US grounds several F-35s following crash in Texas: Pentagon
The US will reportedly work with military services and international partners to resolve any concerns that may arise.
The Pentagon's F-35 Joint Program Office spokesperson said as quoted by Sputnik that the US grounded many F-35 fighter jets due to concerns raised by an accident with the aircraft on the runway at a military base in Texas earlier in December.
"The F-35 Joint Program Office has issued a Time Compliance Technical Directive (TCTD) to recommend restrictions on a small number of aircraft, which have been evaluated to be of higher risk, from flight operations, and until procedures can be developed for their return to flight," the spokesperson said on Friday.
In further detail, the affected F-35 aircraft have been identified, and the US will work with military services and international partners to resolve any concerns that may arise, according to media reports.
On December 25, the Israeli occupation Air Force said it will ground 11 F-35 fighter jets.
The decision came after an F-35 type B belonging to the United States Air Force crashed earlier this month in Texas.
The Israeli occupation military noted that this decision comes following data collected from the Texas crash that might indicate a malfunction in the fighter jet, which "Israel" will inspect to find out if its F-35 fleet is also similarly flawed.
Not an isolated incident
Earlier this month, a fifth-generation US F-35B fighter plane crashed during a test flight at a Texas facility. The pilot ejected from the plane and was not seriously injured.
This is not the first-ever crash involving the F-35C stealth fighter plane. On January 24, a US Navy F35C Lightning II combat jet, which was conducting exercises in the South China Sea, crashed in an attempt to land on the US craft carrier's deck.
On November 17, 2021, an F35 fighter from the biggest British aircraft carrier, HMS Queen Elizabeth, crashed into the Mediterranean Sea during a routine flight over the sea.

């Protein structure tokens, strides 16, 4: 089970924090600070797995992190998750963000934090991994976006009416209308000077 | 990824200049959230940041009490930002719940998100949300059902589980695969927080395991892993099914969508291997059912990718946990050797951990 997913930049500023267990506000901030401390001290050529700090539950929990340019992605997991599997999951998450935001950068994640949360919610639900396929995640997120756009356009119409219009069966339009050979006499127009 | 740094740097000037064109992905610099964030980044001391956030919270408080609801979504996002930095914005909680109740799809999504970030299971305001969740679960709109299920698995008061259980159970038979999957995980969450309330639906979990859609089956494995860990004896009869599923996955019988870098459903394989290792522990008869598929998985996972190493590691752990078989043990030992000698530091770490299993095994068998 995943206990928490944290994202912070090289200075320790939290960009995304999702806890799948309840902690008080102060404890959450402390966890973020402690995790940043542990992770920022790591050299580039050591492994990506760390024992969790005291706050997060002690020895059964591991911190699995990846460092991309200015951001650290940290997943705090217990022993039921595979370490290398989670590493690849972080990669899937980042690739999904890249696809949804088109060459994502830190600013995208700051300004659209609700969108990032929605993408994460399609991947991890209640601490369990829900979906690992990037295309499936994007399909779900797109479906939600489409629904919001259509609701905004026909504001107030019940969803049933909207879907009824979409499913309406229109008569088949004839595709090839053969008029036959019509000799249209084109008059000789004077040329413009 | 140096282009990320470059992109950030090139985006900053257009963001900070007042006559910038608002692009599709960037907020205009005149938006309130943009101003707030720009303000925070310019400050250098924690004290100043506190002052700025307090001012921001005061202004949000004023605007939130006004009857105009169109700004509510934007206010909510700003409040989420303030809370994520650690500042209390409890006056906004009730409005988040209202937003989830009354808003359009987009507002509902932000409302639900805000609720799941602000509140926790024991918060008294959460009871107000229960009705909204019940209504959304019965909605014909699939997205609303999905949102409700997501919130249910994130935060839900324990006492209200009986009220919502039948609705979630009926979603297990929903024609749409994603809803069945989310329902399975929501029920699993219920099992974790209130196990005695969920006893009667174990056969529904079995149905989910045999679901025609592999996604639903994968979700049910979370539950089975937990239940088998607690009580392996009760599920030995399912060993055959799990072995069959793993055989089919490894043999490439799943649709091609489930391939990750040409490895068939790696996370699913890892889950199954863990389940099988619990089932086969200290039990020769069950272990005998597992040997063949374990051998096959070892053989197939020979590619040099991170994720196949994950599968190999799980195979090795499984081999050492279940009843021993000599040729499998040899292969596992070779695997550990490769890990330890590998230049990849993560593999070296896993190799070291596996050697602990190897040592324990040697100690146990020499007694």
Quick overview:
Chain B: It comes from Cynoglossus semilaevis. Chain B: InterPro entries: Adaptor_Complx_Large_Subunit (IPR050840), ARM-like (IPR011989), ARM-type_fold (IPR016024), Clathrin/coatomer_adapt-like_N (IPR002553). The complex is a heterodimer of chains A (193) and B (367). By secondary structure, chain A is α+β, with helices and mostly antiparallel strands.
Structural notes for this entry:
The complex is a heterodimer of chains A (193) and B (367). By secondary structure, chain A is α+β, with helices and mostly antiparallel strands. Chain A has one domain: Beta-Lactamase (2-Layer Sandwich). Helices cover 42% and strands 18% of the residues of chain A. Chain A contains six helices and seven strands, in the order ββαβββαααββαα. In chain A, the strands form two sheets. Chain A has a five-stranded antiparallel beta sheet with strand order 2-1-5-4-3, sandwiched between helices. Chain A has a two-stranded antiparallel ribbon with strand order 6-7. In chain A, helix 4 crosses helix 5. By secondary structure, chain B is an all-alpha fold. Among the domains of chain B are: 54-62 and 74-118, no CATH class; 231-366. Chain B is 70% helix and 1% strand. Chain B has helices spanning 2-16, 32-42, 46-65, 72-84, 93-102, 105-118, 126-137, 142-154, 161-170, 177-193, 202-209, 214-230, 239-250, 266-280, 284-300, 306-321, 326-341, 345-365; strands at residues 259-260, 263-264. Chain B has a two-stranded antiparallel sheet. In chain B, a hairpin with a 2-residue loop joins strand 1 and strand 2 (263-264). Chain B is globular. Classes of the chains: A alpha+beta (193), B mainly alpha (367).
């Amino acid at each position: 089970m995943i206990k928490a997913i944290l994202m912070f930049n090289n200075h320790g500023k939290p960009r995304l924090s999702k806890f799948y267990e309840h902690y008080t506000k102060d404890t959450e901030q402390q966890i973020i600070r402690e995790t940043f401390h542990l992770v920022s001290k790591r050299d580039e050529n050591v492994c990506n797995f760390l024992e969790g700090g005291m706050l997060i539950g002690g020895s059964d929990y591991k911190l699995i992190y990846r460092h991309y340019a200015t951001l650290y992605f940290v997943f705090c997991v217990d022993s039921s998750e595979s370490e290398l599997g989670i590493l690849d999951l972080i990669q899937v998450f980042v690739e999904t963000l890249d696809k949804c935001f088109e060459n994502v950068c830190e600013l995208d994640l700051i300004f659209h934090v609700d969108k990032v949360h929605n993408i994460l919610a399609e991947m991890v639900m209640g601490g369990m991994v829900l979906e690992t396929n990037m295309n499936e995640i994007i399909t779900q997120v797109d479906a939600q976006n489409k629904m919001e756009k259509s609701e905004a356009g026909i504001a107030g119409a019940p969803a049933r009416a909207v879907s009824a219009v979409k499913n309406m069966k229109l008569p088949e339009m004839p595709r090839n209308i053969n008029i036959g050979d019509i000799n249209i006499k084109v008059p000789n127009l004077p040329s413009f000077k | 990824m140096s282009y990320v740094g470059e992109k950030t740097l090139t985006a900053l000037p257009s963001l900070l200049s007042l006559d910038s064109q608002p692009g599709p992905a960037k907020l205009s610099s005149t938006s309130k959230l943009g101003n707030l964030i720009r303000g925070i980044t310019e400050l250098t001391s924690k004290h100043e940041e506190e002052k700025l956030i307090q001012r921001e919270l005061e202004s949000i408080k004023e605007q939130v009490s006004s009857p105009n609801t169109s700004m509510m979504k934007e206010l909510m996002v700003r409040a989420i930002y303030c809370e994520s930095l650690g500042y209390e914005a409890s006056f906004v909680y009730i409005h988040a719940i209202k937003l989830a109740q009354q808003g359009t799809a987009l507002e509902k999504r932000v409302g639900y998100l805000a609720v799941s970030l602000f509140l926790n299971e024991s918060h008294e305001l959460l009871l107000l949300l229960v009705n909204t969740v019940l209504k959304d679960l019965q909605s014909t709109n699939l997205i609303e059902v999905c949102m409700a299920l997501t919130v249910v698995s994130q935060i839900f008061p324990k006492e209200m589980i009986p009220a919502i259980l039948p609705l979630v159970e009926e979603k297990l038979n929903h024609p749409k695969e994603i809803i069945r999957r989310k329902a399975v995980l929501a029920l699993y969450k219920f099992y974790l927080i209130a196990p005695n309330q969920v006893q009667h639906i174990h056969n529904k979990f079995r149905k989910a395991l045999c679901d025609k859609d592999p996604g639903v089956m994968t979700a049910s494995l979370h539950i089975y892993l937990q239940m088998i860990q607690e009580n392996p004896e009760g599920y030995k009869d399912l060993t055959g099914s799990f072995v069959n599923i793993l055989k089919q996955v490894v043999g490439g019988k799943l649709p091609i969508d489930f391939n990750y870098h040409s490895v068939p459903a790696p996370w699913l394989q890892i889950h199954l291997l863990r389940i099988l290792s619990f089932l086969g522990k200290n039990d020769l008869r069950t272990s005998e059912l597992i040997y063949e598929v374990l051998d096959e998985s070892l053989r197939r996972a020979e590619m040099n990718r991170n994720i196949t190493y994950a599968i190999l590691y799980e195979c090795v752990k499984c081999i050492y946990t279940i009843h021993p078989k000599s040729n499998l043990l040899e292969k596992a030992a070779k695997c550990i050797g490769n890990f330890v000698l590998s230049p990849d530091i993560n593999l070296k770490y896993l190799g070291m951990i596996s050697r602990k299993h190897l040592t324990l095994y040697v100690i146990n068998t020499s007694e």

The US Pentagon has lately approved the resumption of deliveries of F-35 fighter jets after there was a temporary pause, due to it being discovered that a component of the aircraft was sourced in China.
The Pentagon has lately suspended its deliveries of new F-35 fighter jets after learning that a magnet in the jet's engine was made in China using unauthorized material.
According to Politico, Pentagon notified Congress earlier that it had decided not to replace the component built into aircraft that have already been delivered to customers.
F-35As, were rated as "operationally unready" 234 times over a year and a half since January 2021 in South Korea due to malfunctions, a South Korean lawmaker said.
The multi-billion project's future is looking quite grim, with grounded fifth-generation fighters only being able to carry out missions for 12 days on average in 2021 and 11 days in the first half of 2022.
The United States Air Force in late July even went as far as grounding its F-35A jet fleet, citing a potentially faulty component in the ejection seat that could endanger pilots in an emergency, a concern that has also grounded other types of military planes used for training.
The F-35 is considered the most expensive military equipment ever built, with a total cost of $412 billion in 2021, up from $398 billion in 2022, according to a Department of Defense report in September 2022.